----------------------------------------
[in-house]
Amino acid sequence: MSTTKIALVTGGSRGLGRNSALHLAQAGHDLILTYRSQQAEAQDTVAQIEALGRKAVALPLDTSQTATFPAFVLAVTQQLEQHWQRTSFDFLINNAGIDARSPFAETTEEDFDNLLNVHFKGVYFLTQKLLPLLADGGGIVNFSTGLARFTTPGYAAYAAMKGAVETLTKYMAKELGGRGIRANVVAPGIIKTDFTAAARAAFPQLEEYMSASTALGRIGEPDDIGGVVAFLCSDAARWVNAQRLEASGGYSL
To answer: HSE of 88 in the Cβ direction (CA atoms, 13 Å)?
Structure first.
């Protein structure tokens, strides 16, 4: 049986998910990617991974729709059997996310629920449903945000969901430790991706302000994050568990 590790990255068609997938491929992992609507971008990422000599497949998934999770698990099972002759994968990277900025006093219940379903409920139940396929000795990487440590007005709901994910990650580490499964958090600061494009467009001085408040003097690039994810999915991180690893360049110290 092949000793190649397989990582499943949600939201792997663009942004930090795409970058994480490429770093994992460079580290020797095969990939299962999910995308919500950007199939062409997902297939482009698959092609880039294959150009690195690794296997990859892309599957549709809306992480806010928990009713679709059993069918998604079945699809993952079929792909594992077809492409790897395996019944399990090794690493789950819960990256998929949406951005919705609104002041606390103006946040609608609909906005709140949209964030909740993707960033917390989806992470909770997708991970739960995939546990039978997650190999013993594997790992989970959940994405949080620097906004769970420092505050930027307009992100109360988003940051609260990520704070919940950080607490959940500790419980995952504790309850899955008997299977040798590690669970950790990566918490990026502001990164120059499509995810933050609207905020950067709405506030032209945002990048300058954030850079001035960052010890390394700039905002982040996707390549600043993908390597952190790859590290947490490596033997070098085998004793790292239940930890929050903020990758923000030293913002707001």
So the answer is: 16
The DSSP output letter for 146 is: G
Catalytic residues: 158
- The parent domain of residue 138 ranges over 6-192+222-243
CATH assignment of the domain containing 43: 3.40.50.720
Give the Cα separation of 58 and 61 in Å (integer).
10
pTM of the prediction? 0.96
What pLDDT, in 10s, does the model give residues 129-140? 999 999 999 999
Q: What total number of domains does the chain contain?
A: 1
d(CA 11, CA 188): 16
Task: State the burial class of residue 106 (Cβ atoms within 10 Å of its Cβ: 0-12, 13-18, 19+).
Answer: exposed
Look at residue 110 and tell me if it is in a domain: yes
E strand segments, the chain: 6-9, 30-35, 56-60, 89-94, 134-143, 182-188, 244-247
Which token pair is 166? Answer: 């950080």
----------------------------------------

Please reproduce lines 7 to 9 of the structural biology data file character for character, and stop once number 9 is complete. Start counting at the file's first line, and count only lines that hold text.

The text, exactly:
The DSSP output letter for 146 is: G
Catalytic residues: 158
- The parent domain of residue 138 ranges over 6-192+222-243